No bailout for distressed homeowners

Using up to $30 billion of taxpayer money-and without congressional approval-the Federal Reserve instantly mustered a bailout plan for Bear Stearns. But no relief is in sight for the more than 20 million homeowners whose mortgages are expected to exceed the value of their houses by the end of the year-roughly one-quarter of U.S. homes, according to economist Paul Krugman-or the more than 2 million facing foreclosure within the next two years.

While house prices have already have dropped 5-10 percent, most economists predict they will drop by another 20 percent or more over the next two years. But as Krugman notes, regional disparities will be devastating: “In places like Miami or Los Angeles, you could be looking at 40 percent or 50 percent declines.”_

Yet, as the Financial Times recently observed, working-class homeowners are the most vulnerable to market trepidations: “remarkably, bankruptcy laws currently provide that almost every form of property (including business property, vacation homes and those owned for rental) except an individual’s principal residence cannot be repossessed if an individual has a suitable court-approved bankruptcy plan.”

Thus far, the Bush administration’s response has promoted a “tough love” approach toward delinquent homeowners, lured into obtaining mortgages by predatory lenders during the heyday of the housing boom. Preventing housing prices from falling will prolong the agony, claims to Treasury Secretary Henry Paulson: “We need the correction.”

Even the Wall Street Journal observed this glaring discrepancy, commenting, “Why a ‘bailout’ for Wall Street, and none for homeowners? Treasury Secretary Paulson is trying [to defend] what the government just did: ‘Given the turbulence we’ve had in our markets and the way that sentiment has swung so hard toward ‘risk adversity,’ our top priority is the stability of our financial system, because orderly, stable financial markets are essential to the overall health of our economy.'”__

Those expecting a Democratic Party victory in November to reverse Wall Street forces must reconsider. “Hillary Rodham Clinton and Barack Obama, who are running for president as economic populists, are benefiting handsomely from Wall Street donations, easily surpassing Republican John McCain in campaign contributions from the troubled financial services sector,” noted the Los Angeles Times.

By the end of 2007, 36 percent of the U.S. population’s disposable income went to food, energy and medical care, more than at any time since 1960, when records began. And that doesn’t count, crucially, housing costs. Meanwhile, the other shoe has yet to drop.

SHARON SMITH is the author of Women and Socialism and Subterranean Fire: a History of Working-Class Radicalism in the United States. She can be reached at: sharon@internationalsocialist.org

 

 

 

 

 

More articles by:
October 15, 2018
Rob Urie
Climate Crisis is Upon Us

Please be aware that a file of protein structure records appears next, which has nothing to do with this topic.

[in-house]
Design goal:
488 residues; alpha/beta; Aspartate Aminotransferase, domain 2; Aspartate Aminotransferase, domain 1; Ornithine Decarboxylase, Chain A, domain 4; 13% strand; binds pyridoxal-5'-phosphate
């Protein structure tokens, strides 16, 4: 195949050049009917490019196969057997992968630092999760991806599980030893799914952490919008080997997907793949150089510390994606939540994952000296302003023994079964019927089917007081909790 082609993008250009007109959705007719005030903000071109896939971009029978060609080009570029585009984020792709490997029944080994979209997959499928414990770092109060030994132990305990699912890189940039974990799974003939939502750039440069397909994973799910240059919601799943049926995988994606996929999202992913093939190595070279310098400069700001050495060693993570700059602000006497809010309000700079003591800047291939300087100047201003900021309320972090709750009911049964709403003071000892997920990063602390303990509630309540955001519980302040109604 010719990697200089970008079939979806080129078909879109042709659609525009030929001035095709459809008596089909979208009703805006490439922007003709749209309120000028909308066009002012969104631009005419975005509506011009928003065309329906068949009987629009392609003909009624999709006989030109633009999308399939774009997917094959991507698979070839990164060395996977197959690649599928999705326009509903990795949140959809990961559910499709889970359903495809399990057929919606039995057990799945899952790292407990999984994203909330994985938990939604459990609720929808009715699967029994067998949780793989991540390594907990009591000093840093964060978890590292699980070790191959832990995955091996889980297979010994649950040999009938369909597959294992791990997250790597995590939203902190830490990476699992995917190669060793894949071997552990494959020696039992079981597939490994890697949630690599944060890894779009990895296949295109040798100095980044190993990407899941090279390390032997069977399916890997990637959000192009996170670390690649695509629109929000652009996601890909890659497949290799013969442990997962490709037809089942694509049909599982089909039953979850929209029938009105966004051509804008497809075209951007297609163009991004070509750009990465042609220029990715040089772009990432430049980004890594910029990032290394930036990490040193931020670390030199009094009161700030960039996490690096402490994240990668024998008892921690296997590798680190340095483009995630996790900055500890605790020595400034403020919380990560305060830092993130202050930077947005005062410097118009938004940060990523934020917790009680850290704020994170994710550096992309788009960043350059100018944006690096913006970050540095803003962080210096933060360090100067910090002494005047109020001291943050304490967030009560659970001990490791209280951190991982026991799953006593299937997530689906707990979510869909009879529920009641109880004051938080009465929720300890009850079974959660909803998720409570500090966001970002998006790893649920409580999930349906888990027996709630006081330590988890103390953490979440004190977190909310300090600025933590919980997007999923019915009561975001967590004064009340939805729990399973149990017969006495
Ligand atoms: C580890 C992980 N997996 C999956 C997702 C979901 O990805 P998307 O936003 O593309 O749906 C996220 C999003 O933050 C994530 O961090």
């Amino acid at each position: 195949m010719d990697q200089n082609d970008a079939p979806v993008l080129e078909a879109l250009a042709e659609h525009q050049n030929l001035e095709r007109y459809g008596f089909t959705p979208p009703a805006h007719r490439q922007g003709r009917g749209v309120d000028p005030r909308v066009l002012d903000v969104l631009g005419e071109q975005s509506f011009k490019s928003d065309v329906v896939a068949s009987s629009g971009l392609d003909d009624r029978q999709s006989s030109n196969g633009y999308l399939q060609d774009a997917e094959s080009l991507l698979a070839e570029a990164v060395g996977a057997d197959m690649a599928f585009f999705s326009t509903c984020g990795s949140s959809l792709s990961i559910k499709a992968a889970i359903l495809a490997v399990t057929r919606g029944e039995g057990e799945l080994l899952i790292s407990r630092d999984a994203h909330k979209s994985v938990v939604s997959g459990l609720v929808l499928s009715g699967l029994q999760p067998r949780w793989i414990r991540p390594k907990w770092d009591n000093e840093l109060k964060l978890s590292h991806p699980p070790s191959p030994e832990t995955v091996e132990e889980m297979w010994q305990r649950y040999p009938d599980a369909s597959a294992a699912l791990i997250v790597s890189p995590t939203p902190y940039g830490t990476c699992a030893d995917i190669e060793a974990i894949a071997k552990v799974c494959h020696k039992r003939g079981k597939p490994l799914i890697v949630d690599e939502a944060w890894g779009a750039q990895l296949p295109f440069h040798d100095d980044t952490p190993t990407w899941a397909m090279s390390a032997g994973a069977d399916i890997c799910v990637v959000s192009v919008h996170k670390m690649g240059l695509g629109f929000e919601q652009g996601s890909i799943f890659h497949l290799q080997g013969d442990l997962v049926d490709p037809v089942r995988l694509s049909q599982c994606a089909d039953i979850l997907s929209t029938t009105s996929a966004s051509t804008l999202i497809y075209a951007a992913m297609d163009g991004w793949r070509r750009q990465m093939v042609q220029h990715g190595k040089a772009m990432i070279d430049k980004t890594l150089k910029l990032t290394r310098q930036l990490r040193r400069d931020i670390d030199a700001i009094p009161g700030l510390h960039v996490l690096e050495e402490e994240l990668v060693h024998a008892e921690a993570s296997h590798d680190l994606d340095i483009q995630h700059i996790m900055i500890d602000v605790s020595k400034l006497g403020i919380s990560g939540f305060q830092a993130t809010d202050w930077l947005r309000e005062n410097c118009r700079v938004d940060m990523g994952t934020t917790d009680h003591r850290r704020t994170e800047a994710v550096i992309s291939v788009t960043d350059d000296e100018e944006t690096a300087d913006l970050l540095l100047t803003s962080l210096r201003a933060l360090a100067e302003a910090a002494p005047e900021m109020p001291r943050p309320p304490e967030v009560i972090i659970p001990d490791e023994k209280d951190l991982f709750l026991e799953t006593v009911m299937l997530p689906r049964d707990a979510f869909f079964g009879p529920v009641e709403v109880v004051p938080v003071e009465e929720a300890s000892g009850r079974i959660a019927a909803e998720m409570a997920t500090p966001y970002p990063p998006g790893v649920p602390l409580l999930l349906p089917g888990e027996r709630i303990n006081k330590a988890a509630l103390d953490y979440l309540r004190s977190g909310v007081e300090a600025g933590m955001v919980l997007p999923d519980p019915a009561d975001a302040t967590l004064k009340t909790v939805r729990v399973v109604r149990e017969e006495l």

Conn Hallinan
Syria’s Chessboard
Patrick Cockburn
The Saudi Atrocities in Yemen are a Worse Story Than the Disappearance of Jamal Khashoggi
Sheldon Richman
Trump’s Middle East Delusions Persist
Justin T. McPhee
Uberrima Fides? Witness K, East Timor and the Economy of Espionage
Tom Gill
Spain’s Left Turn?
Jeff Cohen
Few Democrats Offer Alternatives to War-Weary Voters
Dean Baker
Corporate Debt Scares
Gary Leupp
The Khashoggi Affair and and the Anti-Iran Axis
Russell Mokhiber
Sarah Chayes Calls on West Virginians to Write In No More Manchins
Clark T. Scott
Acclimated Behaviorisms
Kary Love
Evolution of Religion
Colin Todhunter
From GM Potatoes to Glyphosate: Regulatory Delinquency and Toxic Agriculture
Binoy Kampmark
Evacuating Nauru: Médecins Sans Frontières and Australia’s Refugee Dilemma
Marvin Kitman
The Kitman Plan for Peace in the Middle East: Two Proposals
Weekend Edition
October 12, 2018
Friday - Sunday
Becky Grant
My History with Alexander Cockburn and The Financial Future of CounterPunch
Paul Street
For Popular Sovereignty, Beyond Absurdity
Nick Pemberton
The Colonial Pantsuit: What We Didn’t Want to Know About Africa
Jeffrey St. Clair
The Summer of No Return
Jeff Halper
Choices Made: From Zionist Settler Colonialism to Decolonization
Gary Leupp
The Khashoggi Incident: Trump’s Special Relationship With the Saudi Monarchy
Andrew Levine
Democrats: Boost, Knock, Enthuse
Barbara Kantz
The Deportation Crisis: Report From Long Island
Doug Johnson
Nate Silver and 538’s Measurable 3.5% Democratic Bias and the 2018 House Race
Gwen Carr
This Stops Today: Seeking Justice for My Son Eric Garner
Robert Hunziker
Peak Carbon Emissions By 2020, or Else!
Arshad Khan
Is There Hope on a World Warming at 1.5 Degrees Celsius?
David Rosen
Packing the Supreme Court in the 21stCentury
Brian Cloughley
Trump’s Threats of Death and Destruction
Joel A. Harrison
The Case for a Non-Profit Single-Payer Healthcare System
Ramzy Baroud
That Single Line of Blood: Nassir al-Mosabeh and Mohammed al-Durrah
Zhivko Illeieff
Addiction and Microtargeting: How “Social” Networks Expose us to Manipulation
ADRIAN KUZMINSKI
What is Truth?
Michael Doliner
Were the Constitution and the Bill of Rights a Mistake?
Victor Grossman
Cassandra Calls
Ralph E. Shaffer
Could Kavanaugh’s Confirmation Hearing Ended Differently?
Vanessa Cid
Our Everyday Family Separations
Walaa Al Ghussein
The Risks of Being a Journalist in Gaza
Ron Jacobs
Betrayal and Treachery—The Extremism of Moderates
James Munson
Identity Politics and the Ruling Class
P. Sainath
The Floods of Kerala: the Bank That Went Under…Almost
Ariel Dorfman
How We Roasted Donald Duck, Disney’s Agent of Imperialism
Joe Emersberger
Ecuadorian President Lenin Moreno’s Assault on Human Rights and Judicial Independence
Ed Meek
White Victimhood: Brett Kavanaugh and the New GOP Brand
Andrew McLean, MD
A Call for “Open Space”
FacebookTwitterGoogle+RedditEmail